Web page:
The concept of the Wild Aquarium is almost a decade old, so it’s hardly a new tool for a budding freshwater ecologist or aquatic researcher, except it is… The idea of replicating an aquatic habitat inside an aquarium whilst simultaneously being situated in the habitat is a peculiar concept but the creator of this idea has a well considered motive. Ivan Mikolji is an audio visual/artist and photographer from Venezuela, he is also founder of the Fundacion Peces de Venezuela (Venezuelan Fish Foundation), a non-profit organisation established to help assist conservation efforts for native fishes. Almost a decade ago Ivan, being a popular figure in the aquarium and fishkeeping world due to his aquatic exploits, deduced that whilst aquarium keepers are very often incredibly well-intentioned, nature loving and conscious of issues relating to conservation, the act of keeping fish in aquariums, on the whole, doesn’t do as much for the species (and habitats) themselves as it really could.
Ivan published a video of the first ever wild aquarium in 2013 (below) which included two local fish species, Apistogramma hongsloi and nannostomus anduzei a type of pencilfish known from just two locations. His belief is that so often we appeal to people all over the world to help save a river several thousand miles away and yes, in many cases, the good people of the world donate money to various organisations and causes, but it can be difficult to ensure any significant knock-on effect, such as behavioural change in the communities directly located around that river. His hope is that nature conservation organisations and initiatives as well as community groups worldwide can adopt the wild aquarium as an educational tool at the local level so as to engage communities to be more aware of their local biodiversity and why it is important.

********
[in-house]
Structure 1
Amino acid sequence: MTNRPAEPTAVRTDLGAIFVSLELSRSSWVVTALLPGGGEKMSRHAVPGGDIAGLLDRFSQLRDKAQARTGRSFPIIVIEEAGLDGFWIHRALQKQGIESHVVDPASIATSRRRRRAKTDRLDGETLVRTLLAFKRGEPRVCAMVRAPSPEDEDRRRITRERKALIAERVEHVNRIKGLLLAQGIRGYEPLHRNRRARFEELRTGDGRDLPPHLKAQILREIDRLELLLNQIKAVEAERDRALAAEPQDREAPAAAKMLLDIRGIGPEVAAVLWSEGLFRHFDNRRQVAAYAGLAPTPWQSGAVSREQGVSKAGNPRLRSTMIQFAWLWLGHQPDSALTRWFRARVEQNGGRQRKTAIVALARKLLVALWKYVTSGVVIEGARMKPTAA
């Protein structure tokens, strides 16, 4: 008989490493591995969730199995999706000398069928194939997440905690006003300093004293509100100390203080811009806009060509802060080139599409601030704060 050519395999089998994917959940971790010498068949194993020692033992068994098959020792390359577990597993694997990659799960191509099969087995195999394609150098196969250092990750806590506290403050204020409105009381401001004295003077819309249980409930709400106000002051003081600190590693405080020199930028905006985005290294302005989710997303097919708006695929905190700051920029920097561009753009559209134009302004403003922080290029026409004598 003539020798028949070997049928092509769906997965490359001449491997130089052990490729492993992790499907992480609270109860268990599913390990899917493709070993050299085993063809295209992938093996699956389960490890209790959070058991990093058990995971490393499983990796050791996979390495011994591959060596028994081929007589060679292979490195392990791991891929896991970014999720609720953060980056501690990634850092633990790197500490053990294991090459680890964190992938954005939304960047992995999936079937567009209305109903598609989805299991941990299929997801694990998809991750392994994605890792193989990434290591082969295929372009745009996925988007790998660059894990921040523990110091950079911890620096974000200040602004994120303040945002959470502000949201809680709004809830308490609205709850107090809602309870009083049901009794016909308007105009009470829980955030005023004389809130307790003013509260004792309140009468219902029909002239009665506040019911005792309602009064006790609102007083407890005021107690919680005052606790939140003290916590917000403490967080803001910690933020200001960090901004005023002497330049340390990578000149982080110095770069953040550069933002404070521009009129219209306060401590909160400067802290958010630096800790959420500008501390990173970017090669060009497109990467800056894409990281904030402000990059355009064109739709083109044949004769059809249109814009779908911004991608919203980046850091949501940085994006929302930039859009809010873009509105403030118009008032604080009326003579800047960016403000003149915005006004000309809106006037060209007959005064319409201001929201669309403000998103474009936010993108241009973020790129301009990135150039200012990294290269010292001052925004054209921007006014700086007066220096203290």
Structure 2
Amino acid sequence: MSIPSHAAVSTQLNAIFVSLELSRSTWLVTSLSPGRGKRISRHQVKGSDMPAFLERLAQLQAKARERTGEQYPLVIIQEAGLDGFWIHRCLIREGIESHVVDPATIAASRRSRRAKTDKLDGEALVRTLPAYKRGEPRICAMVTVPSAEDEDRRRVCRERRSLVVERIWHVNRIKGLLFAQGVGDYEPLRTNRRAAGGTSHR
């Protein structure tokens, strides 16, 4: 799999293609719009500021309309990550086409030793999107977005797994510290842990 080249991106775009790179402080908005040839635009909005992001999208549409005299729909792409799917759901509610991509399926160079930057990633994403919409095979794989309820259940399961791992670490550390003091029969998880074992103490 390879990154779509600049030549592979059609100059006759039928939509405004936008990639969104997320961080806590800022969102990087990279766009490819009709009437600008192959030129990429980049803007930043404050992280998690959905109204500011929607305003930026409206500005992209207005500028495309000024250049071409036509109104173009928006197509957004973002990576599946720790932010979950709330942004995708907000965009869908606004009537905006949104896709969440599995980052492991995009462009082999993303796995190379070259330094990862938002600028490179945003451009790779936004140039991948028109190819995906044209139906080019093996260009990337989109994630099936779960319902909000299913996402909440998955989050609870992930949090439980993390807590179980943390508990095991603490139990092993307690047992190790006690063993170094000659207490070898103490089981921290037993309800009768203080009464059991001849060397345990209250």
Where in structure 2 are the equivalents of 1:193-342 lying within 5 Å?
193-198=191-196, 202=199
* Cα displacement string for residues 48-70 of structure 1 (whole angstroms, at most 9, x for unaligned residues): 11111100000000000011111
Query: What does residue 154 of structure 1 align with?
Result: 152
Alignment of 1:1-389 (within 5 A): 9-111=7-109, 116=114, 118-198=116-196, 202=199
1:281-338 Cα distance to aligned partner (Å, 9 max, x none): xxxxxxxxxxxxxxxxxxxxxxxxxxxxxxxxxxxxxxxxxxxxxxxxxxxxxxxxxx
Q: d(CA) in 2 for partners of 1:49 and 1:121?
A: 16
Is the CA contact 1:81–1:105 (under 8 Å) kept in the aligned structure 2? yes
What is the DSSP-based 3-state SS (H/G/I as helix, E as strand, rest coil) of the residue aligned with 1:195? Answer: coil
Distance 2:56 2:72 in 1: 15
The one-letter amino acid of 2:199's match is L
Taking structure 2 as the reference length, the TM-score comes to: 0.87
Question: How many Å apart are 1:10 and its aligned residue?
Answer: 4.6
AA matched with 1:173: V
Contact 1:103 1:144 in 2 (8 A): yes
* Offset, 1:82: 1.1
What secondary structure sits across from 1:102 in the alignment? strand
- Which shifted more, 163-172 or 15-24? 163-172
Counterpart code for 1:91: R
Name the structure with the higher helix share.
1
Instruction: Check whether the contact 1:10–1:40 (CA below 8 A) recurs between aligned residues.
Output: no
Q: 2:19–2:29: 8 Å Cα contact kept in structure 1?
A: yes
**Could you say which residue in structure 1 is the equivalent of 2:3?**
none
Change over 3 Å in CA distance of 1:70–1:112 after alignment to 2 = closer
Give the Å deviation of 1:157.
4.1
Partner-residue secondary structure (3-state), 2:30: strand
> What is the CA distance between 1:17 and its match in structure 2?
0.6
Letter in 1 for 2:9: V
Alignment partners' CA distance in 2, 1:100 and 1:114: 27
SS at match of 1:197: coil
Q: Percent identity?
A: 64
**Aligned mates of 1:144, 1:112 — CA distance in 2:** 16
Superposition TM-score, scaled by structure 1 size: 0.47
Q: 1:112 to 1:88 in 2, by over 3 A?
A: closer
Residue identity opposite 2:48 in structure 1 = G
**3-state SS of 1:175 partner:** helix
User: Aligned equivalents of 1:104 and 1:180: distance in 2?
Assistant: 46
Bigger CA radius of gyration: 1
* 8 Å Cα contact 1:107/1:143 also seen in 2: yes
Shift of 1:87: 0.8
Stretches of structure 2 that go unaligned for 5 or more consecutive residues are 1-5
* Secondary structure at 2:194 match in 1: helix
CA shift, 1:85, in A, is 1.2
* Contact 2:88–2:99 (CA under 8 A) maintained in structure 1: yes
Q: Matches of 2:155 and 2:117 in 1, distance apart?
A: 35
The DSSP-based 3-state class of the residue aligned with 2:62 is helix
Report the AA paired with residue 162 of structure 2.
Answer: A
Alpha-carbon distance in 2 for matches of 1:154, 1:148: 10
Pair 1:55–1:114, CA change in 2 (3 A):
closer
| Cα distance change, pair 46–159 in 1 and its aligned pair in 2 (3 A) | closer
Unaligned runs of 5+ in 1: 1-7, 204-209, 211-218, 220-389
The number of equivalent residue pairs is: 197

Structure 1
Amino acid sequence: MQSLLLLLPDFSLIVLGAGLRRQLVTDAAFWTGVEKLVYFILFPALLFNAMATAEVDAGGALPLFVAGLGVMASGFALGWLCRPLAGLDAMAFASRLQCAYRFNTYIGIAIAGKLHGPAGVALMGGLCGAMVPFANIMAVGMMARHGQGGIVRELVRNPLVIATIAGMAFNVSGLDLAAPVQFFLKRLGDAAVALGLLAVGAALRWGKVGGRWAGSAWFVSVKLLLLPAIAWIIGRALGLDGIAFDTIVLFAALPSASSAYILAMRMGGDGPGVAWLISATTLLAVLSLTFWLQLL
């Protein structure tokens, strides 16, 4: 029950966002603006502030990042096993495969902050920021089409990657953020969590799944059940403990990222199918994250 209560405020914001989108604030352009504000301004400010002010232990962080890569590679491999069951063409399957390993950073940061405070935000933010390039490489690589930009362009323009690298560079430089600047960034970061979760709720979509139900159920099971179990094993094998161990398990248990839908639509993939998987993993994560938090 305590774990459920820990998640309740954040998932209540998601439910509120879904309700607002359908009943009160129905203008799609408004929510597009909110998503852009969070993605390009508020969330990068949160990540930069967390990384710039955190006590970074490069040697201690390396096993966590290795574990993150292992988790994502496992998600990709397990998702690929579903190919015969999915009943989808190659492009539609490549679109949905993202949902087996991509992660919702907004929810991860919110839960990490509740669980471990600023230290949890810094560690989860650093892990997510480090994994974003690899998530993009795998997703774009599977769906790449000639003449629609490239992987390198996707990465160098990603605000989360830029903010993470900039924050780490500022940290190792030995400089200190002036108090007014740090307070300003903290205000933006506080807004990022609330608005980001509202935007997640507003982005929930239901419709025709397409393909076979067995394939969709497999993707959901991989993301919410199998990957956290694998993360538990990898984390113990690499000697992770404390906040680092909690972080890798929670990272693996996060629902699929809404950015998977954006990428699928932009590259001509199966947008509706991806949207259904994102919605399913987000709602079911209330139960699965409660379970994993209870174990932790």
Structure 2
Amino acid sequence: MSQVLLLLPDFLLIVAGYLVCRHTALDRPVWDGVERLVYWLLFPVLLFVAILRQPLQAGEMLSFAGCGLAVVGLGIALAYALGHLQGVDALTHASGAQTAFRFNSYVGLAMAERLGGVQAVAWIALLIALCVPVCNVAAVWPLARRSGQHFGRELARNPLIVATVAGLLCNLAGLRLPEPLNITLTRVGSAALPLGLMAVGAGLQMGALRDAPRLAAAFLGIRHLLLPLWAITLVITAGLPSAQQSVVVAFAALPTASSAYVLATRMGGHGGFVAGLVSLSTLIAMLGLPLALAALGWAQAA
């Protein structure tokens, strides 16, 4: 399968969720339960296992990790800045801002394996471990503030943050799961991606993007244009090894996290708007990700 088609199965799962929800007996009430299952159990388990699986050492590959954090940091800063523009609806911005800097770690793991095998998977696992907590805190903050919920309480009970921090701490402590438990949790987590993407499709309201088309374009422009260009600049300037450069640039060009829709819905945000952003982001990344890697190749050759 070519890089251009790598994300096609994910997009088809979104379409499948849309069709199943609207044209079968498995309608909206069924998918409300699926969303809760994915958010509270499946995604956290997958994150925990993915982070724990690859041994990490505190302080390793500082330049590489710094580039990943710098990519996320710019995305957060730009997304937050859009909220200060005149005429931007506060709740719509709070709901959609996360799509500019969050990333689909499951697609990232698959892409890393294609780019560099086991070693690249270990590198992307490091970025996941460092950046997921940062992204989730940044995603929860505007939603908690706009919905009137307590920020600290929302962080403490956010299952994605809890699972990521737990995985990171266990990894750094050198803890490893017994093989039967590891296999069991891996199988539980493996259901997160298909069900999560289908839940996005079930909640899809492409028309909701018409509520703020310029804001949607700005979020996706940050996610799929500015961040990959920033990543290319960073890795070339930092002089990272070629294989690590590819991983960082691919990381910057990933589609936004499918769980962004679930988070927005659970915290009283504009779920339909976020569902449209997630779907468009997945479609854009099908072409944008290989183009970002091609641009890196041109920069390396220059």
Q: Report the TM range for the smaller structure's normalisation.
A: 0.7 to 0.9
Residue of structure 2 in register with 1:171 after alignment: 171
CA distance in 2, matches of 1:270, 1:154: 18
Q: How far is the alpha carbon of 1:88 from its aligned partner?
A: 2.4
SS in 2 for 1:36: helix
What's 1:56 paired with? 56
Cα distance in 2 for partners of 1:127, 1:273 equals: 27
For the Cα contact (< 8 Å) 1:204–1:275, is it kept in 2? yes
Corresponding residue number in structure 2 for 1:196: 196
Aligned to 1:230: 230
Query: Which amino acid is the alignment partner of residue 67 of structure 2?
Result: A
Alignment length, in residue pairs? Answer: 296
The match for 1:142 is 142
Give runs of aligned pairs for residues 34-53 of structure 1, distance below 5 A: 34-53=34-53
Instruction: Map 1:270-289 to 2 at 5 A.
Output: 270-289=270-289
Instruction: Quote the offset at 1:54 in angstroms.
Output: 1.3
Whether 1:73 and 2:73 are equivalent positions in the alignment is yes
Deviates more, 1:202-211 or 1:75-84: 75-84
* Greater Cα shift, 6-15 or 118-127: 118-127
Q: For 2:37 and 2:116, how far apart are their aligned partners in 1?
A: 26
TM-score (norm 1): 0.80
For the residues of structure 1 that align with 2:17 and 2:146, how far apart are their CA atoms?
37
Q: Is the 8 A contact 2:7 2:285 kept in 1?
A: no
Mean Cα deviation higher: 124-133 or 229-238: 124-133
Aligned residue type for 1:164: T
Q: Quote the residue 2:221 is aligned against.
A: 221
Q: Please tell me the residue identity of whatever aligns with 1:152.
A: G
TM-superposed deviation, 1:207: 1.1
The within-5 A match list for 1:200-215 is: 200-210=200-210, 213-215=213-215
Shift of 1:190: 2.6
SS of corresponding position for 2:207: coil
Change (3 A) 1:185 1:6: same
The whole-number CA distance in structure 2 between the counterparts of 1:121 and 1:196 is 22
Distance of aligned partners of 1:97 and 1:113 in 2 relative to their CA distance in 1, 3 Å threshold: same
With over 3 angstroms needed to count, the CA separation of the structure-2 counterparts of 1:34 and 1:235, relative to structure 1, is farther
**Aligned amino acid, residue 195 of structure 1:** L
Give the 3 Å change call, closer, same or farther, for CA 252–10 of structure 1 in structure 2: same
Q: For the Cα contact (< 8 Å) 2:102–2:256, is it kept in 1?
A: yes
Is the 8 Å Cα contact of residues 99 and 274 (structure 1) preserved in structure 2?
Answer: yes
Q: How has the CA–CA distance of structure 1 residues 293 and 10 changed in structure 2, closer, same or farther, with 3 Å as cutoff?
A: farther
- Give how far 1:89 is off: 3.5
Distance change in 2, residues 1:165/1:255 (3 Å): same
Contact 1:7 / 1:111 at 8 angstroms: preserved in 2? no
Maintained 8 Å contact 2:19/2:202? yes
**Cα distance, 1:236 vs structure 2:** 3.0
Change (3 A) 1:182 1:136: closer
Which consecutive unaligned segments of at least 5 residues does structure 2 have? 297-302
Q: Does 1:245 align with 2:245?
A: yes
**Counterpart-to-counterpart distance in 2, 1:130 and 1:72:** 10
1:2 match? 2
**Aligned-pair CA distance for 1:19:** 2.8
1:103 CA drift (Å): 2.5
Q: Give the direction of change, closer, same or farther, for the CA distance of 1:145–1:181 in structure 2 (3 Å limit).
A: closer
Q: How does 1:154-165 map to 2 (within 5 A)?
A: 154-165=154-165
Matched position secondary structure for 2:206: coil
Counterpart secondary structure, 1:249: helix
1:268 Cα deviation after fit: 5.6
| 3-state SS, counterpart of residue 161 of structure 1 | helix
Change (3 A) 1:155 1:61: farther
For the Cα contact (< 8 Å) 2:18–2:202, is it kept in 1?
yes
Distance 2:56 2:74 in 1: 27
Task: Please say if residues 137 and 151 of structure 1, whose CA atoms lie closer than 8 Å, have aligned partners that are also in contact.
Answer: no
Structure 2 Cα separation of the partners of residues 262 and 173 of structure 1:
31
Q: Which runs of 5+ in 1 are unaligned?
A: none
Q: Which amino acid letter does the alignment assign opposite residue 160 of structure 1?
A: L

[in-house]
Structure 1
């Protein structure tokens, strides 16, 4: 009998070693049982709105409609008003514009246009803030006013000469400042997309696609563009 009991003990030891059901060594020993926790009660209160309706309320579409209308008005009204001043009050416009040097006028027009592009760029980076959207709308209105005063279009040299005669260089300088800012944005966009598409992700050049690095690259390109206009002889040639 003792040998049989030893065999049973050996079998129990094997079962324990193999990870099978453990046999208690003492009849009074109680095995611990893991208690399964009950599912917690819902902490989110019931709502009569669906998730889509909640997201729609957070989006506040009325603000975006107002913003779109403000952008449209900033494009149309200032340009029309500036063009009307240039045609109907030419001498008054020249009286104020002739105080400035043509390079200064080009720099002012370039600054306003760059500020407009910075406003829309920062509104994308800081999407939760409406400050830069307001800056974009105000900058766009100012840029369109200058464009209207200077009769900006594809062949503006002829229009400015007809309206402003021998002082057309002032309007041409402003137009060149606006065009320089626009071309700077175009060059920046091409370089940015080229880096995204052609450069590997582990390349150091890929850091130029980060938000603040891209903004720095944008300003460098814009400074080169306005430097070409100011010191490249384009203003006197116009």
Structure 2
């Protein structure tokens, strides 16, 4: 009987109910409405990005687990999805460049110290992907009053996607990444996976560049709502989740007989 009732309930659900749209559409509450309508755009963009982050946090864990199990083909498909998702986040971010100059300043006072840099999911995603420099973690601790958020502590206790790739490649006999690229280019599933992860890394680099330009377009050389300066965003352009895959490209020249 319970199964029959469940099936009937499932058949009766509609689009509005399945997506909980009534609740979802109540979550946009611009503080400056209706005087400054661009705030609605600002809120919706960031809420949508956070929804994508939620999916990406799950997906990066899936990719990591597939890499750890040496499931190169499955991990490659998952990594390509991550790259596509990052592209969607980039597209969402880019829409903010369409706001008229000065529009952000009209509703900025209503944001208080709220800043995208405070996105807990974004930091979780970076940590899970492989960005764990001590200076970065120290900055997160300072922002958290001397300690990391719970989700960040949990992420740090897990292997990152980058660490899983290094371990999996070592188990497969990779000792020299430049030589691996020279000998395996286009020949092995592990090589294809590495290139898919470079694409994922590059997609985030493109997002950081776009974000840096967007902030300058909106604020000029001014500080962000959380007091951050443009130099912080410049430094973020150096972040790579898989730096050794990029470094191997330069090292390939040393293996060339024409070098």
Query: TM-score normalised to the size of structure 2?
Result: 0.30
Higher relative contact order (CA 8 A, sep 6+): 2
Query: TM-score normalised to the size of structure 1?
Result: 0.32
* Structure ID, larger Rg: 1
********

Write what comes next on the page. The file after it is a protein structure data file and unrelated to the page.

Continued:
Wild aquariums used in a professional capacity as a learning tool to engage the public, especially young people as part of educational curricula should be endorsed and proactively encouraged. The concept also has the benefit of acting as a bridge between the aquarium and scientific communities and the conservation sector giving it the potential to reach a wide variety of different demographics and formulate a more prominent and consistent message about the importance of aquatic conservation. Giving insight into the array of underwater biodiversity that can be found on one’s own doorstep is the crucial first stepping stone missing from the world of freshwater conservation and the simple act of returning the species to the habitat at the end of a wild aquarium demonstration is symbolic as a gesture of what it represents.
When we venture into natural places, we can see and hear so many of the terrestrial and arboreal creatures around us and not only become enthused by them but more simply, we know they are there. Ivan is quoted as saying “you cannot protect something which you do not know exists” and this phrase rings especially true in the case of aquatic fauna; the wild aquarium is a spotlight into the world of sub-aquatic biodiversity.